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Raj Chovatiya ◽  
Wendy Smith Begolka ◽  
Isabelle J. Thibau ◽  
Jonathan I. Silverberg

AbstractBlack race is associated with increased atopic dermatitis (AD) severity and healthcare resource utilization. However, the burden of out-of-pocket (OOP) expenses among black individuals with AD is not well understood. We sought to characterize the categories and impact of OOP healthcare expenses associated with AD management among black individuals. A 25-question voluntary online survey was administered to National Eczema Association members (N = 113,502). Inclusion criteria (US residents age ≥ 18 years; self-report of AD or primary caregivers of individuals with AD) was met by 77.3% (1118/1447) of respondents. Black individuals with AD were younger, had lower household income, Medicaid, urban residence, poor AD control and frequent skin infections (P ≤ 0.02). Blacks vs. non-blacks reported more OOP costs for prescription medications covered (74.2% vs. 63.6%, P = 0.04) and not covered (65.1% vs. 46.5%, P = 0.0004) by insurance, emergency room visits (22.1% vs. 11.8%, P = 0.005), and outpatient laboratory testing (33.3% vs. 21.8%, P = 0.01). Black race was associated with increased household financial impact from OOP expenses (P = 0.0009), and predictors of financial impact included minimally controlled AD (adjusted OR [95% CI] 13.88 [1.63–117.96], P = 0.02), systemic therapy (4.34 [1.63–11.54], 0.003), > $200 monthly OOP expenses (14.28 [3.42–59.60], P = 0.0003), and Medicaid (4.02 [1.15–14.07], P = 0.03). Blacks with Medicaid had higher odds of harmful financial impact (3.32 [1.77–6.24], P = 0.0002) than those of black race (1.81 [1.04–3.15], P = 0.04) or with Medicaid (1.39 [1.02–1.88], P = 0.04) alone. Black race is associated with increased OOP costs for AD and significant household financial impact. Targeted interventions are needed to address financial disparities in AD.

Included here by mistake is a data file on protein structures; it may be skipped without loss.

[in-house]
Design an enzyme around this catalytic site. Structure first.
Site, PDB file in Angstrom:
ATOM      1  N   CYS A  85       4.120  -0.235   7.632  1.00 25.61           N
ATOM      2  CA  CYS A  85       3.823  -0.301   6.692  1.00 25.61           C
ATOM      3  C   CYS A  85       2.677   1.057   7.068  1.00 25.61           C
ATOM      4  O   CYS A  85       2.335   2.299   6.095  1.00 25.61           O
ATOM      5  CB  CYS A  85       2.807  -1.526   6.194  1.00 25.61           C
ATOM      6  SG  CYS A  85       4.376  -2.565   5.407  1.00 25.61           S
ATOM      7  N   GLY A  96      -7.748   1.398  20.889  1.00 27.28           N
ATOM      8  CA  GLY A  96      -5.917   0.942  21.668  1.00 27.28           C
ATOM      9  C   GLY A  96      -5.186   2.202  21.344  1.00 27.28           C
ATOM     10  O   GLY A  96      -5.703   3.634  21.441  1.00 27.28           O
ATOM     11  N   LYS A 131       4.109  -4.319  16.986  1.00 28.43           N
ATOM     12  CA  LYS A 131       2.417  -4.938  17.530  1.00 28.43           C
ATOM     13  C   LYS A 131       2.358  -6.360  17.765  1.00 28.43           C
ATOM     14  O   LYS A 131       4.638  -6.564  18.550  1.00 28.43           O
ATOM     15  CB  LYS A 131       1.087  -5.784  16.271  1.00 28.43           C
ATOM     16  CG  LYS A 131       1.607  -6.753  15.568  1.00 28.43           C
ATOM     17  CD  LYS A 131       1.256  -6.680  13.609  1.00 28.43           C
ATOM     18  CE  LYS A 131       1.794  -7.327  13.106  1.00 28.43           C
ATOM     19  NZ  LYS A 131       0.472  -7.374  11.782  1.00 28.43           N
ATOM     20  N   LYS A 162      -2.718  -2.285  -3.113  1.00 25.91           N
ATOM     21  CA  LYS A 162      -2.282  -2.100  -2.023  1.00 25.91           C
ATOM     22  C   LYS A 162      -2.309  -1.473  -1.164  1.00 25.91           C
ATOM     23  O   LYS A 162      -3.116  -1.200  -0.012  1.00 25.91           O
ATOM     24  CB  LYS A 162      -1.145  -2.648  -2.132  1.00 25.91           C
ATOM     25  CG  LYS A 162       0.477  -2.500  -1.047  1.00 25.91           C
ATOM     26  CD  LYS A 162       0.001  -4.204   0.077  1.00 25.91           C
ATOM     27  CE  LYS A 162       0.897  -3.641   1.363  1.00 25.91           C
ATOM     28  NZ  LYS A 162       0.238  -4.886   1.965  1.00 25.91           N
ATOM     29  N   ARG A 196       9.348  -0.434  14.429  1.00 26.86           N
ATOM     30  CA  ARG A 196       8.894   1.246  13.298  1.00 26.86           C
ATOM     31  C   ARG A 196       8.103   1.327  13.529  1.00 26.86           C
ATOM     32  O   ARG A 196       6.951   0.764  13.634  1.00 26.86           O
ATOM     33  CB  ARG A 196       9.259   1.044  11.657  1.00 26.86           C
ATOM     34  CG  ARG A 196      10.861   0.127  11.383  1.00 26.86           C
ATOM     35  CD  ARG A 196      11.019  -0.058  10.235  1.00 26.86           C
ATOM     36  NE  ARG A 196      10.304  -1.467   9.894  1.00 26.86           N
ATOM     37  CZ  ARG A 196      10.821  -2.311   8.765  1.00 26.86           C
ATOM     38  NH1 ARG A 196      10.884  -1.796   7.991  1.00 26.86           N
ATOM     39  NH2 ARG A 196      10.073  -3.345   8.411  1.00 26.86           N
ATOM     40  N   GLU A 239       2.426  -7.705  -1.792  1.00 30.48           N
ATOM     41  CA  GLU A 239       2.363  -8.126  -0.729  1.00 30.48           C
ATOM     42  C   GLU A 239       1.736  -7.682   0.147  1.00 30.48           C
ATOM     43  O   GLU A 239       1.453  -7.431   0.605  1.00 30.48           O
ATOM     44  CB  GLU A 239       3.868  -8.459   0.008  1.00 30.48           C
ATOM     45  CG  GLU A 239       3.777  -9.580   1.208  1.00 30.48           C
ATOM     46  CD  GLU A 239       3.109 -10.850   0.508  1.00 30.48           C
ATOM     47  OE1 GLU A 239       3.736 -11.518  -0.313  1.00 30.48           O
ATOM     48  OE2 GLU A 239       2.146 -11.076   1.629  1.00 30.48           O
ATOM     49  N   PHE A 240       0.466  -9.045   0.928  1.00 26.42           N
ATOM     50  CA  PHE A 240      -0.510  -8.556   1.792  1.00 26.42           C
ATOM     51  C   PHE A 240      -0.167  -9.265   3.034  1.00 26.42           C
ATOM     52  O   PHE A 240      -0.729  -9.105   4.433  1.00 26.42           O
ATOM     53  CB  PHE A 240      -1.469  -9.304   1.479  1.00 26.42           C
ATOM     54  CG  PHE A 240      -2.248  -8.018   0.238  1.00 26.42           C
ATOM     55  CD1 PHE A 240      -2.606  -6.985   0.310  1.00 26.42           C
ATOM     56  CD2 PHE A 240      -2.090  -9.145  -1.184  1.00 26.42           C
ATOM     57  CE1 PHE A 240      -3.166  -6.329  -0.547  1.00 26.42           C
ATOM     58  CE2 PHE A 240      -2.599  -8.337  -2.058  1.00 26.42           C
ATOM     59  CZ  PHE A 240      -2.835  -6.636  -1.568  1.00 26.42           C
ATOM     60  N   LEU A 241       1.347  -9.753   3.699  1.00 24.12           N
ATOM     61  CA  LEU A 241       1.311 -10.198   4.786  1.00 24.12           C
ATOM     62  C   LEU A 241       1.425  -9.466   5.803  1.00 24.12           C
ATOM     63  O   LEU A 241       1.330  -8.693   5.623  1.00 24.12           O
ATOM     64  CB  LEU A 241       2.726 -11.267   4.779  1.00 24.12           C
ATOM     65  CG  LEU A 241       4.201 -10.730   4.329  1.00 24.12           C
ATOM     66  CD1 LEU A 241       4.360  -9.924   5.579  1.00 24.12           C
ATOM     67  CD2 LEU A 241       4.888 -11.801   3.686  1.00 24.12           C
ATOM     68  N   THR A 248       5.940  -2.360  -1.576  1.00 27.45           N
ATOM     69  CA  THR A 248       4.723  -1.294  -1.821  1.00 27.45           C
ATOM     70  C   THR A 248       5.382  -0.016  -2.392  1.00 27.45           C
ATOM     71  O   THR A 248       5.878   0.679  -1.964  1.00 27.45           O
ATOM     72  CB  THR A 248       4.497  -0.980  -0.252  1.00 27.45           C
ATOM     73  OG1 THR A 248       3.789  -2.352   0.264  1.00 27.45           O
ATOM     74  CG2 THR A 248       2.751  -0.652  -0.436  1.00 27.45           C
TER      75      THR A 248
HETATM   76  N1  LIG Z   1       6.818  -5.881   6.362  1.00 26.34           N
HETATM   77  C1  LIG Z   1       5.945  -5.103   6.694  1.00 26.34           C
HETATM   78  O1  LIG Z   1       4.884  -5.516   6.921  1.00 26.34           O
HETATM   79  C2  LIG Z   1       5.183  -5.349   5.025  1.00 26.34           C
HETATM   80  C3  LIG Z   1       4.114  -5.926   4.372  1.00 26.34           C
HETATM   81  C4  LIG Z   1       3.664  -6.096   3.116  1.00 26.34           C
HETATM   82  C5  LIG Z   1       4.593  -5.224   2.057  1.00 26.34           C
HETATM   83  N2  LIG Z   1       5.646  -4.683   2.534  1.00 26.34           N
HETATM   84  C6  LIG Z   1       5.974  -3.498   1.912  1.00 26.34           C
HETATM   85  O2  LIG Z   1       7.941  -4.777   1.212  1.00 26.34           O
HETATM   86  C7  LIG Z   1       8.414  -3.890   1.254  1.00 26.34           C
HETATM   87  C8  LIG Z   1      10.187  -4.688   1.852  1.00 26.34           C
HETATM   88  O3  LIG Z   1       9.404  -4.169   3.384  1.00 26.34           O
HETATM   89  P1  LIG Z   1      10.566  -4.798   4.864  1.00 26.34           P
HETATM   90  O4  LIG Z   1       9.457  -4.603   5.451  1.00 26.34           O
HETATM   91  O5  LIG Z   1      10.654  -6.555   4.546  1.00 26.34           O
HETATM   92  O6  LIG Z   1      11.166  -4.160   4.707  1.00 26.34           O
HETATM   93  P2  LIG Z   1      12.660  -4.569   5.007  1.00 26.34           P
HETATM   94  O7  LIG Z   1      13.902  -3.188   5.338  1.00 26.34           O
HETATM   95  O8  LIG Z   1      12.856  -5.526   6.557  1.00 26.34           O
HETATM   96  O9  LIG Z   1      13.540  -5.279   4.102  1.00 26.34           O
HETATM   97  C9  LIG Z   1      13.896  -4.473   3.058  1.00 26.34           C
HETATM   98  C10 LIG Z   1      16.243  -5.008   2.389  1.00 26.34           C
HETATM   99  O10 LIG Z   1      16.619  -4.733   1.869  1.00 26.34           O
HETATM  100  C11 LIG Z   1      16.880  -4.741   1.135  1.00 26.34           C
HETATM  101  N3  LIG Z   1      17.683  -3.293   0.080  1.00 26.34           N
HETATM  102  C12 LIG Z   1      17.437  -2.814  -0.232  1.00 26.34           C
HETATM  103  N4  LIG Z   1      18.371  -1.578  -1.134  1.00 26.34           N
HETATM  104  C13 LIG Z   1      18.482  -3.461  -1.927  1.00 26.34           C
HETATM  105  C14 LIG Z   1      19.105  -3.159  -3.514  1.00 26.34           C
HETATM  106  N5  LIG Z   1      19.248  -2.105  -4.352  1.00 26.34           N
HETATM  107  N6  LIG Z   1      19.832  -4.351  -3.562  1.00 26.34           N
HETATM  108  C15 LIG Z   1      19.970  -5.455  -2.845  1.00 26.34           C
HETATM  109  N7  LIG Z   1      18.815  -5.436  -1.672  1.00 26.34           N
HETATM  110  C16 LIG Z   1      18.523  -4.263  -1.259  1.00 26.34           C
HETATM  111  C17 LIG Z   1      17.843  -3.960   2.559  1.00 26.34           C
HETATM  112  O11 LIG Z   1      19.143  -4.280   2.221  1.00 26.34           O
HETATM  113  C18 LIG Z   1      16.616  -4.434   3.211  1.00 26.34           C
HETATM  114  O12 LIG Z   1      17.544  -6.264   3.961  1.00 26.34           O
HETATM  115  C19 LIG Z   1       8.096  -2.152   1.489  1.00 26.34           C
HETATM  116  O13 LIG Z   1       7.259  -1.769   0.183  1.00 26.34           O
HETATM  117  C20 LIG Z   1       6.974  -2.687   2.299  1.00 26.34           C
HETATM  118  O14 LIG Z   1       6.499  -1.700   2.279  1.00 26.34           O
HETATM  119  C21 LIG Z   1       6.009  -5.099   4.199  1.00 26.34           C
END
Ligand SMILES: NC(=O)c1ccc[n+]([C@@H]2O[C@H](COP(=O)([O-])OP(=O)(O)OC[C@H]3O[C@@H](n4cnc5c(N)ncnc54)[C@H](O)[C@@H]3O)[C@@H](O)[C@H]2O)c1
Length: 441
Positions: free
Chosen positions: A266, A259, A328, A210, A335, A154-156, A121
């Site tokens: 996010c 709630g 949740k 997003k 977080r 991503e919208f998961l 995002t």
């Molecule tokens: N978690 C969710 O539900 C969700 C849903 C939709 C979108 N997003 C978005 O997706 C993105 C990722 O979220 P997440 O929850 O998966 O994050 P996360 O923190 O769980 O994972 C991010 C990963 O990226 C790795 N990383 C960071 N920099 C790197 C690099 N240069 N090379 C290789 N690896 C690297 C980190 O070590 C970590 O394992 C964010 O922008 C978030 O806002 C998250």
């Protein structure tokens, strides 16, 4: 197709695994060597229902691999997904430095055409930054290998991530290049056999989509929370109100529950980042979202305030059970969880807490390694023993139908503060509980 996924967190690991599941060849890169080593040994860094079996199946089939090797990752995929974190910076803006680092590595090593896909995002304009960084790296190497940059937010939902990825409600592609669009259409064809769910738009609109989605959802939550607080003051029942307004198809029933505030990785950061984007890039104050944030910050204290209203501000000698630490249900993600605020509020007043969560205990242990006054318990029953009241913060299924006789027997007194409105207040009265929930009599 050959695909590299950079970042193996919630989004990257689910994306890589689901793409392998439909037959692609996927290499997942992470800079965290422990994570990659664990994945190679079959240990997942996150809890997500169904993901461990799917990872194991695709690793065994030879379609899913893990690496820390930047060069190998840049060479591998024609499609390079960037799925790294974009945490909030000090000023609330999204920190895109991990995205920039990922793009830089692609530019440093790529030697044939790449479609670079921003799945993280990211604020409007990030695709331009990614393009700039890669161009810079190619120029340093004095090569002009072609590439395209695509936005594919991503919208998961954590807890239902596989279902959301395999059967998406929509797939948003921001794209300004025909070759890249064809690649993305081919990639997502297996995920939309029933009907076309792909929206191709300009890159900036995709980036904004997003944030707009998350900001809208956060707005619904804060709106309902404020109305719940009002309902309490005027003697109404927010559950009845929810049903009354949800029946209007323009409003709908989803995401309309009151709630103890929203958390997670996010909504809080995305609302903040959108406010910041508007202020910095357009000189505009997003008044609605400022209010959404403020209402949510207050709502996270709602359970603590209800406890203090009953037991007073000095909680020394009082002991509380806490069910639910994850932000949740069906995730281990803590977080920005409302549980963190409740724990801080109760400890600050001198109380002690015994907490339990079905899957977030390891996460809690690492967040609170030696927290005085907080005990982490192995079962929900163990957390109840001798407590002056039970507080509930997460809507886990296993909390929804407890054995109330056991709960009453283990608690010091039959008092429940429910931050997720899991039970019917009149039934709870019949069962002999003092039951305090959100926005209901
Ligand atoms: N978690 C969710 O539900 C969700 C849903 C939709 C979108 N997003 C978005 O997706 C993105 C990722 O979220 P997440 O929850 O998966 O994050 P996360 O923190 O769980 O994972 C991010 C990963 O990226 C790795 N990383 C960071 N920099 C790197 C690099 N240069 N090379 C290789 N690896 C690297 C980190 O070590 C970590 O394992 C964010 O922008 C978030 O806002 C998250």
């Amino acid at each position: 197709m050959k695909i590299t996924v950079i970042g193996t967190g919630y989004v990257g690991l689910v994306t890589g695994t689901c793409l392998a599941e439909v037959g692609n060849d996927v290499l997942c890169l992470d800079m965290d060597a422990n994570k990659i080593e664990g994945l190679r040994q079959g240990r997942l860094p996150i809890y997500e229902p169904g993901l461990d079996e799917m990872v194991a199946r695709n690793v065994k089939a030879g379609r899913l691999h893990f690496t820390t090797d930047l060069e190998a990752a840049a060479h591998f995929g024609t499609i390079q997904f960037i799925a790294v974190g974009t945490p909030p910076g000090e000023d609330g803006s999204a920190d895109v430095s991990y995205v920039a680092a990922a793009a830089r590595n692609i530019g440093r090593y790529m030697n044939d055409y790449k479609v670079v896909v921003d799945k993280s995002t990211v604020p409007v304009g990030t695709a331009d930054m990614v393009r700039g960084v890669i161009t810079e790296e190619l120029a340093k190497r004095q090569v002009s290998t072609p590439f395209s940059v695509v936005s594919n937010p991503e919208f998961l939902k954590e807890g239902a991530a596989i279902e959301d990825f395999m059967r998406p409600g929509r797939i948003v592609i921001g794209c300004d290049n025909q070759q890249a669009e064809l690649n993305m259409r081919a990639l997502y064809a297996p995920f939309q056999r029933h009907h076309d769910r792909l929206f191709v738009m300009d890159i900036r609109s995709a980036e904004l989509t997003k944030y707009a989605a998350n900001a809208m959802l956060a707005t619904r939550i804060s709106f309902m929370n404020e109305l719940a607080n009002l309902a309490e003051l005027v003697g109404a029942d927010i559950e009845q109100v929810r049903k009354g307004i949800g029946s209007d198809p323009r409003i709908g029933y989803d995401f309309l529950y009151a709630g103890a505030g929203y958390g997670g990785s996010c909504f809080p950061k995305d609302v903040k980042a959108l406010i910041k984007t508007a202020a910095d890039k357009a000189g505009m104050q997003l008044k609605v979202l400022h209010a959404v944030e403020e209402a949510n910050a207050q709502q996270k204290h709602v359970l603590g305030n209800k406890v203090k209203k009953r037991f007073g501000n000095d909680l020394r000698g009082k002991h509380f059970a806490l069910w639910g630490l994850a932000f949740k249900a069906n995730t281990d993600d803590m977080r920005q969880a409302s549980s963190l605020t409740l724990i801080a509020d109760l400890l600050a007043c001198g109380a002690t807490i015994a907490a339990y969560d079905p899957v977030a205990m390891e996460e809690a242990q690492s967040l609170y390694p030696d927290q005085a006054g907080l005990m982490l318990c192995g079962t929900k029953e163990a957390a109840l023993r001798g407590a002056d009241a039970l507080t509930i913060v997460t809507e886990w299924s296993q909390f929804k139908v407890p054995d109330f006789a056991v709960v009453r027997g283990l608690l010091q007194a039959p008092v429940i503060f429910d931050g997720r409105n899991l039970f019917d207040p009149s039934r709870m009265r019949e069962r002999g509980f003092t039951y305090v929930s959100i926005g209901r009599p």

2021 ◽  
Vol 39 (28_suppl) ◽  
pp. 336-336
Safiya Karim ◽  
Bailey Paterson ◽  
Shiying Kong ◽  
Alyson Mahar ◽  
Colleen Webber ◽  

336 Background: Pancreatic cancer is a leading cause of cancer death, largely due to vague presenting symptoms and late stage at diagnosis. Population-based administrative data can be a valuable resource for studying the diagnostic interval. The objective of this study was to determine the first encounter in the diagnostic interval and to calculate that interval in a cohort of patients with pancreatic cancer using an empirical approach. Methods: This is a retrospective, cohort study of patients diagnosed with pancreatic ductal adenocarcinoma (PDAC) from 2007 – 2015 in Alberta, Canada. We used the Alberta Cancer Registry (ACR), physician billing claims, hospital discharge and emergency room visits to identify health encounters that occurred more frequently in the 3 months prior to diagnosis compared to those in the 3-24 months prior to diagnosis. We used statistical control charts to define the lookback period for each encounter category and identify the earliest encounter that represented the start of the diagnostic interval (index contact date). The end of the interval was the diagnosis date. Quantile regression was used to determine factors associated with the diagnostic interval. Results: We identified 3142 patients with PDAC. Median age of diagnosis was 71 (IQR 61-80). We identified an index contact date in 96.5% of the patients. The median length of the diagnostic interval was 76 days (IQR 21-191; 90th percentile 276 days). A higher Elixhauser comorbidity score (+18.57 days/ 1 point increase, 95% CI 16.07-21.07, p < 0.001) and stage 3 disease (+22.55 days, 95% CI 5.02-40.08, p = 0.01) was associated with a longer diagnostic interval. Conclusions: In this cohort of patients with pancreatic cancer, there was a wide range in the diagnostic interval with 10% of patients having a diagnostic interval approaching one year. Diagnostic interval research using administrative databases can understand variations in diagnosis times, can inform early detection efforts and can improve quality of care.

2021 ◽  
Vol 39 (28_suppl) ◽  
pp. 304-304
Lawson Eng ◽  
Rinku Sutradhar ◽  
Yue Niu ◽  
Ning Liu ◽  
Ying Liu ◽